Conflict of interest

Tarik Asselah is a speaker and investigator for BMS, Boehringer-Ingelheim, Janssen, Gilead, Roche and MSD.


1. Asselah T, Marcellin P. Interferon-free therapy with direct acting antivirals for HCV. Liver Int. 2013;33(Suppl. 1):93–104 View In Article

2. Gane EJ, Stedman CA, Hyland RH, Ding X, Svarovskaia E, Symonds WT, et al. Nucleotide polymerase inhibitor sofosbuvir plus ribavirin for hepatitis C. N Engl J Med. 2013;368:34–44  View In Article CrossRef

3. Estrabaud E, Vidaud M, Marcellin P, Asselah T. Genomics and HCV infection: progression of fibrosis and treatment response. J Hepatol. 2012;57:1110–1125 View In Article Abstract Full Text Full-Text PDF (1930 KB)  CrossRef

4. Lawitz E, Mangia A, Wyles D, Rodriguez-Torres M, Hassanein T, Gordon SC, et al. Sofosbuvir for previously untreated chronic hepatitis C infection. N Engl J Med. 2013;368(20):1878–1887 View In Article CrossRef

5. Jacobson IM, Gordon SC, Kowdley KV, Yoshida EM, Rodriguez-Torres M, Sulkowski MS, et al. Sofosbuvir for hepatitis C genotype 2 or 3 in patients without treatment option. N Engl J Med. 2013;368(20):1867–1877 View In Article CrossRef

6. Asselah T, De Muynck S, Broet P, Masliah-Planchon J, Blanluet M, Bieche I, et al. IL28B polymorphism is associated with treatment response in patients with genotype 4 chronic hepatitis C. J Hepatol. 2011;56:527–532 View In Article Abstract Full Text Full-Text PDF (698 KB)  CrossRef

7. Sacks H, Chalmers TC, Smith H. Randomized vs. historical controls for clinical trials. Am J Med. 1982;72:233–240 View In Article Abstract Full-Text PDF (945 KB)  CrossRef

8. Poordad F, Lawitz E, Kowdley KV, Cohen DE, Podsadecki T, Siggelkow S, et al. Exploratory study of oral combination antiviral therapy for hepatitis C. N Engl J Med. 2013;368:45–53 View In Article CrossRef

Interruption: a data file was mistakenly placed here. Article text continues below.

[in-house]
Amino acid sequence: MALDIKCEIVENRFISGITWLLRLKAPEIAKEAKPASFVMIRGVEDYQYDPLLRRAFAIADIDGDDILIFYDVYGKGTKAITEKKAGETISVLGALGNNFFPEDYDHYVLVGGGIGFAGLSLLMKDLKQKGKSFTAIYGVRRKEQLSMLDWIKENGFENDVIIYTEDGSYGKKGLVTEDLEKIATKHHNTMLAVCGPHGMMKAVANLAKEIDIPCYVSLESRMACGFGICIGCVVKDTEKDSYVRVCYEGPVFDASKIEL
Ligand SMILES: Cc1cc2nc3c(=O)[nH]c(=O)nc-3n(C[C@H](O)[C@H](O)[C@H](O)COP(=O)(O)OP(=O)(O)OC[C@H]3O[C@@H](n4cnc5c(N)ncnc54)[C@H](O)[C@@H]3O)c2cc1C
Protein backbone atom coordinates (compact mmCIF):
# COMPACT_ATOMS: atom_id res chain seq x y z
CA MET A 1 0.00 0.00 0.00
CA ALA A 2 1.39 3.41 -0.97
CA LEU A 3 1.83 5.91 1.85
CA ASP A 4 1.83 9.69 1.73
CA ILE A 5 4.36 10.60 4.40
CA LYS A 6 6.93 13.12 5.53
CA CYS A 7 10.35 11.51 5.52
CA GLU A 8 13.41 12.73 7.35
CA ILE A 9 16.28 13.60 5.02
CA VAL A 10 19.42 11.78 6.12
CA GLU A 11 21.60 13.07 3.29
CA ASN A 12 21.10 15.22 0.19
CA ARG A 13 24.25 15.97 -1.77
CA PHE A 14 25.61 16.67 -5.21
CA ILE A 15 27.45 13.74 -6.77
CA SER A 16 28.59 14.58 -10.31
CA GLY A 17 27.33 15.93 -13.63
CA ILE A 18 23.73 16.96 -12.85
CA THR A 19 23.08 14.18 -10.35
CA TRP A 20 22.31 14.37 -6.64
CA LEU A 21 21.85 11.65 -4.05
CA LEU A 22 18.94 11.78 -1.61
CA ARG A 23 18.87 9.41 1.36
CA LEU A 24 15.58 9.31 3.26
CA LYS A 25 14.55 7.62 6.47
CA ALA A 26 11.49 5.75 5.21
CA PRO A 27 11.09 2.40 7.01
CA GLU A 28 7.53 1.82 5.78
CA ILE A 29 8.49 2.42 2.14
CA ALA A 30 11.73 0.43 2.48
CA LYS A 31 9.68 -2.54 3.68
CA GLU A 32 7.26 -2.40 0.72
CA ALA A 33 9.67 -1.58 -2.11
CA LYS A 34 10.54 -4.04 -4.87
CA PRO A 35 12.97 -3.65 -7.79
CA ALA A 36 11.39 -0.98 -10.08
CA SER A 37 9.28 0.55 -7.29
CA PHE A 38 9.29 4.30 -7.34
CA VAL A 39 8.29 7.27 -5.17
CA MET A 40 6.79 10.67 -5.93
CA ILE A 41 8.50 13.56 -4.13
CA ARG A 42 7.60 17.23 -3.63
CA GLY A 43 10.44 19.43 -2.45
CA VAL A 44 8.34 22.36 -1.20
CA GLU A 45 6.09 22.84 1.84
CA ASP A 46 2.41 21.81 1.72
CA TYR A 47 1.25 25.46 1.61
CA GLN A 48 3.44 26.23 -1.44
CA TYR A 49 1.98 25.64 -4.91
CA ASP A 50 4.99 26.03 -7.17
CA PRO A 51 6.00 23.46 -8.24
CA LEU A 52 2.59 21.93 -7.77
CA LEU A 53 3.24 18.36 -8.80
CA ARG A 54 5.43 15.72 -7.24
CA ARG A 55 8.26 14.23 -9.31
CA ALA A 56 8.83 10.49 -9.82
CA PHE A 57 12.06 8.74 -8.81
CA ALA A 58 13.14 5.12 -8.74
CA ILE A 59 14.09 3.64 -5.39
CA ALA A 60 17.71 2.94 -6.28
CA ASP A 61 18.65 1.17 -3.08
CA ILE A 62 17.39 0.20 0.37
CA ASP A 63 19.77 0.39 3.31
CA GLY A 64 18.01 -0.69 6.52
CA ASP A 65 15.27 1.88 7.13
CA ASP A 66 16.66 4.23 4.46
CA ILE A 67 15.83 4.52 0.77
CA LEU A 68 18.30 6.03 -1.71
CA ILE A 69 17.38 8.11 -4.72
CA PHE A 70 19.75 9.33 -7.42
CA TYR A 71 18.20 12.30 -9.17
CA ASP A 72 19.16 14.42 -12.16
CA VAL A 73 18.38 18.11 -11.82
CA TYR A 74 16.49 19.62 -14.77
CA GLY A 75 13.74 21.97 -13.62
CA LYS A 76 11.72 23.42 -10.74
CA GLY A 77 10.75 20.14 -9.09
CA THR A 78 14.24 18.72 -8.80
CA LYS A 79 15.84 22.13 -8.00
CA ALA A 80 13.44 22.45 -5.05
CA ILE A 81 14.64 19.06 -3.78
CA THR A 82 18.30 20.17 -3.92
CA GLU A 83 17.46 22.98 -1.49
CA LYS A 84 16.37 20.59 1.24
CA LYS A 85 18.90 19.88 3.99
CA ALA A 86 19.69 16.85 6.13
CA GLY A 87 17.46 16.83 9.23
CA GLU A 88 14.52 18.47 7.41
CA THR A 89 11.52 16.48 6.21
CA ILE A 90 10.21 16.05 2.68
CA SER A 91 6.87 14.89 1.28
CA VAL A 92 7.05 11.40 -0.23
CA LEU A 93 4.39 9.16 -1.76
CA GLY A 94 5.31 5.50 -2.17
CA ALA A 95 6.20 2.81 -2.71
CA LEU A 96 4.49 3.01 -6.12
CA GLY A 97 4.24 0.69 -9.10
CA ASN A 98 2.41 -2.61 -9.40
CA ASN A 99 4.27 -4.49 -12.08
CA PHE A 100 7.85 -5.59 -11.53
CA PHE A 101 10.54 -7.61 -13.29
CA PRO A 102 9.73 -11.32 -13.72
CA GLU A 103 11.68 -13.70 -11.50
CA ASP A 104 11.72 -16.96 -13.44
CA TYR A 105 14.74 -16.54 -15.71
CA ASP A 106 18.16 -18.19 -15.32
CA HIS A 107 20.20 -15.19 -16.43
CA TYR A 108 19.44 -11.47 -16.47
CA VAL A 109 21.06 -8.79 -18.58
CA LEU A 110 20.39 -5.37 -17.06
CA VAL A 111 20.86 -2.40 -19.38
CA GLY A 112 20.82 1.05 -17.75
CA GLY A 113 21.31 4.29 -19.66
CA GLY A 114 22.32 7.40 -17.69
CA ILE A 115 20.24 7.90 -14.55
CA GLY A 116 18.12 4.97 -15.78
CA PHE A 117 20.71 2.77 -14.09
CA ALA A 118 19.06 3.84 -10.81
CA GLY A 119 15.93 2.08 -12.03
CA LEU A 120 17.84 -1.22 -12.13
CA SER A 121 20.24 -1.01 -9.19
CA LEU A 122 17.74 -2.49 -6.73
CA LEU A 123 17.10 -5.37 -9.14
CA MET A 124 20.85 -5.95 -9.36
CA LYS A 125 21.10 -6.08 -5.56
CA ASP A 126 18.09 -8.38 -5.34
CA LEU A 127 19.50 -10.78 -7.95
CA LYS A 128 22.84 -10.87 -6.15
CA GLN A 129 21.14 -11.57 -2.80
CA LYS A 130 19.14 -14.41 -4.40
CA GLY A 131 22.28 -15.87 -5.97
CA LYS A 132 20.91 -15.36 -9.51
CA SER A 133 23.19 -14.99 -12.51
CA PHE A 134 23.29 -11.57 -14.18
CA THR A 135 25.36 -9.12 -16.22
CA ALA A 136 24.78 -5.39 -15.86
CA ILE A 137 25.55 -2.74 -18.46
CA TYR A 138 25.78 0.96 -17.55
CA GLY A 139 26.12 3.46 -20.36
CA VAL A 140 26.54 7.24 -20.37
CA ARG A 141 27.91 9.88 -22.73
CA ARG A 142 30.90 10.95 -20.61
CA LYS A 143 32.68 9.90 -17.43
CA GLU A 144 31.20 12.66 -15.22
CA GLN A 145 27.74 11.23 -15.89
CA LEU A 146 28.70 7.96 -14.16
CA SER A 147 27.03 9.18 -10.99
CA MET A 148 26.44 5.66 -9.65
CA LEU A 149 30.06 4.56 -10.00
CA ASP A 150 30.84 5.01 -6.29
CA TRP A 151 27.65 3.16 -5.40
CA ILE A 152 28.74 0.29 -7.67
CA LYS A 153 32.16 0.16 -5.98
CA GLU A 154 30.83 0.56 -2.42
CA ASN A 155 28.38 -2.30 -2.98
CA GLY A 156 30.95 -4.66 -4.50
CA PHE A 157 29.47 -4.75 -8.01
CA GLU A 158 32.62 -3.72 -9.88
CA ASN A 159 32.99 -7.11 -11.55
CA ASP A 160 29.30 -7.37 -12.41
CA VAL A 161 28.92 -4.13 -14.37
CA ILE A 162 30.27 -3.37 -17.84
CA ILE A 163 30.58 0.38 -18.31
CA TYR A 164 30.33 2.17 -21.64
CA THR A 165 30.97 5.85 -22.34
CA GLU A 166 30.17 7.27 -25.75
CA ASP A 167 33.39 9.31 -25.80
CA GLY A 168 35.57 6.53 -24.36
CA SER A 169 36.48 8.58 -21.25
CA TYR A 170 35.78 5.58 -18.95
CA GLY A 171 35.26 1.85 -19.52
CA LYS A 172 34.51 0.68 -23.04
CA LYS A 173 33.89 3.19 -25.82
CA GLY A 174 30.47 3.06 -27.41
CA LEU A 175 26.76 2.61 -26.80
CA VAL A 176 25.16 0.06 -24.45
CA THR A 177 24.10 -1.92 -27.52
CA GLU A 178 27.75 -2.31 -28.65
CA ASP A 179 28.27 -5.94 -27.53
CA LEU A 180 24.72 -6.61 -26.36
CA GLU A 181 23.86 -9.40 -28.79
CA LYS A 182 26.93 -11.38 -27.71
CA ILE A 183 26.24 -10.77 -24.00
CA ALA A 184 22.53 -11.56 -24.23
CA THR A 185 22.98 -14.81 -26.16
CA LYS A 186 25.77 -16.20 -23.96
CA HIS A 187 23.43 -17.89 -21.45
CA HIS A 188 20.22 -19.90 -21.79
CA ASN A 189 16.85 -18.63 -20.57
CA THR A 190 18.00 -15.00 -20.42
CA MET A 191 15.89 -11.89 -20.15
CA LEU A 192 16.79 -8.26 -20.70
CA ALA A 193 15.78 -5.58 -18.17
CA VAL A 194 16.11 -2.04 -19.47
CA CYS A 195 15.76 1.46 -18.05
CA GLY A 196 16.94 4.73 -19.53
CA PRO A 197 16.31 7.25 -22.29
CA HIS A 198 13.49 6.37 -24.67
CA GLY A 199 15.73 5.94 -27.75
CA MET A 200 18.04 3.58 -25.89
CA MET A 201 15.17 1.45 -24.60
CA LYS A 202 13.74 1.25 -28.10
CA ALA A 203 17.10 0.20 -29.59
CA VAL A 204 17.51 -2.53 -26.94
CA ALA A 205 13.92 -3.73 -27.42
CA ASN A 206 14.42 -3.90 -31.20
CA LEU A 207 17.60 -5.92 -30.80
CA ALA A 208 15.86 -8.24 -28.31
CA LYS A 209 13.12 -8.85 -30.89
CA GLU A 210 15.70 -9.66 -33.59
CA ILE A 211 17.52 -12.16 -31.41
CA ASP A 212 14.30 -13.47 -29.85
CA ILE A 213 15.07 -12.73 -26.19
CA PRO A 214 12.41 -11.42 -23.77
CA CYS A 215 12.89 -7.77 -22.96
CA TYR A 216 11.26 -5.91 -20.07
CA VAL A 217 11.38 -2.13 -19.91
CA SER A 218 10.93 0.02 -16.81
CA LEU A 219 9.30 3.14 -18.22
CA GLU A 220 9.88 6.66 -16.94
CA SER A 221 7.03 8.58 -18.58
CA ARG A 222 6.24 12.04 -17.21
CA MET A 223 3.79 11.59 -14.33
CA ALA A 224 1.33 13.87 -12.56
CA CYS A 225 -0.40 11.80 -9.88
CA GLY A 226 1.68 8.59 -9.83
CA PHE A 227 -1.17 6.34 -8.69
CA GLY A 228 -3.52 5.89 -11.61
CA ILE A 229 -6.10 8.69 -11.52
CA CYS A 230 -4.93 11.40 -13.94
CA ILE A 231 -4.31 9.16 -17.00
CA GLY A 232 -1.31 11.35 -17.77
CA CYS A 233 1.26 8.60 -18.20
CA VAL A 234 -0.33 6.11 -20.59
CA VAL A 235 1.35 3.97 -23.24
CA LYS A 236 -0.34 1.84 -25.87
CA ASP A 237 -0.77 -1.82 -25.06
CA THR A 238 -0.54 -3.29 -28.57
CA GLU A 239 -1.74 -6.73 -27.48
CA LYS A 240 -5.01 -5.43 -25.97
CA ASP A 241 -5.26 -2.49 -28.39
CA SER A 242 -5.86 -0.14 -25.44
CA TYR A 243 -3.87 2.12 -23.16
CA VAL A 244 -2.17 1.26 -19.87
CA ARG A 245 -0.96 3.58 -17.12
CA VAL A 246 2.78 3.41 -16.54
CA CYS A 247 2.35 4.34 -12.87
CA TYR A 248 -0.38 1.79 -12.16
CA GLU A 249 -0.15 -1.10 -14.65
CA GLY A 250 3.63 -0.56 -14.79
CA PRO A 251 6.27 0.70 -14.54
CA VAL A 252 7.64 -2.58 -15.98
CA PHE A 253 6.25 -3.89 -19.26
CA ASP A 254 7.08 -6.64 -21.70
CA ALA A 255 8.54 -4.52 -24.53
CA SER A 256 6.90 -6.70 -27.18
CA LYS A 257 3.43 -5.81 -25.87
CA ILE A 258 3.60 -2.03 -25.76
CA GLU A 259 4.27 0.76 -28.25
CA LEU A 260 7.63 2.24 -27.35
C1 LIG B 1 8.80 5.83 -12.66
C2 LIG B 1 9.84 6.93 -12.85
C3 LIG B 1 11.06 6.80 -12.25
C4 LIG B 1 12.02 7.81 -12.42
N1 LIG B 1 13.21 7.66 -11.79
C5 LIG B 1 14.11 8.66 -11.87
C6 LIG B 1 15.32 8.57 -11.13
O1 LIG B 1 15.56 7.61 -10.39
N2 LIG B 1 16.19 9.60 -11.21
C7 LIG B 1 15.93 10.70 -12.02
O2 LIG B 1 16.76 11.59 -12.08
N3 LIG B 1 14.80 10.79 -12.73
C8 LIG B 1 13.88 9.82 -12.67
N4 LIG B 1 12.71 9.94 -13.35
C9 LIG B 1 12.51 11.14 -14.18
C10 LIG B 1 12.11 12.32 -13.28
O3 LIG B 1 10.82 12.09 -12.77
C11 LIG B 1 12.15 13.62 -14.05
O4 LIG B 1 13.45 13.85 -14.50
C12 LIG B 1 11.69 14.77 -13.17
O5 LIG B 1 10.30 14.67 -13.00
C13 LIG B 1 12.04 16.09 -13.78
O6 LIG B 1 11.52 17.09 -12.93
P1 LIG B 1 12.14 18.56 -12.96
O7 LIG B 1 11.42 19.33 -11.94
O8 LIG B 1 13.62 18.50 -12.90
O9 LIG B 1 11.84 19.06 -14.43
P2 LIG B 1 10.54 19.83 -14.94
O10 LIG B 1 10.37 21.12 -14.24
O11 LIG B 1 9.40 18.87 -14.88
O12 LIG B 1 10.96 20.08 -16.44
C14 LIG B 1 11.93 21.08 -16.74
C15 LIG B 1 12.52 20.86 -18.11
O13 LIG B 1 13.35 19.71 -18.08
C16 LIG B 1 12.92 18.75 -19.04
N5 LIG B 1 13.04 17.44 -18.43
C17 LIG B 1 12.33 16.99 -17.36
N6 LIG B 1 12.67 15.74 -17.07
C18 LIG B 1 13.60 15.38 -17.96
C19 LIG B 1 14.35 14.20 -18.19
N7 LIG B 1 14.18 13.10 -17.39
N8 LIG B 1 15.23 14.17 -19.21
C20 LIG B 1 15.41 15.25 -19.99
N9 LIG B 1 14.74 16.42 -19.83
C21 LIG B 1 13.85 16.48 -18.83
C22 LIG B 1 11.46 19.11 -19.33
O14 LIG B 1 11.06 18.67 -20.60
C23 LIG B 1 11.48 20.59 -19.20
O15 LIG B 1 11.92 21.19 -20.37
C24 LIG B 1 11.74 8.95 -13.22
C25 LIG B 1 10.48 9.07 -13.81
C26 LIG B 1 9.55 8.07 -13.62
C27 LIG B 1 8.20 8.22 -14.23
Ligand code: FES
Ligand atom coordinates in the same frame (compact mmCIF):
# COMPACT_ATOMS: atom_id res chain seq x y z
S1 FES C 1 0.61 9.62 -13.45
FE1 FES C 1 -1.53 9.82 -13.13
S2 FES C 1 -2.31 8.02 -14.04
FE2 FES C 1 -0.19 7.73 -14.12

9. Kowdley KV, Lawitz E, Poordad F, Cohen DE, Nelson D, Zeuzem S, et al. Safety and efficacy of interferon-free regimens of ABT-450/R, ABT-267, ABT-333 ± ribavirin in patients with chronic HCV GT1 infection: results from the Aviator study. J Hepatol.2013;58(Suppl. 1):A3 View In Article

10. Zeuzem S, Asselah T, Angus P, Zarski JP, Larrey D, Mullhaupt B, et al. Efficacy of the protease inhibitor BI201335, polymerase inhibitor BI 207127, and ribavirin in patients with chronic HCV infection. Gastroenterology. 2011;141:2047–2055 View In Article Abstract Full Text Full-Text PDF (914 KB)  CrossRef

11. Zeuzem S, Soriano V, Asselah T, Bronowicki JP, Lohse AW, Mullhaupt B, et al. Faldaprevir and deleobuvir for HCV genotype 1 infection. N Engl J Med. 2013;369(7):630–639 View In Article CrossRef

PII: S0168-8278(13)00534-5
© 2013 European Association for the Study of the Liver. Published by Elsevier Inc. All rights reserved.


Provided by NATAP

Reported by Jules Levin
AASLD Nov 1-4 2013 Wash DC

Ronald O. Valdiserri, M.D., M.P.H.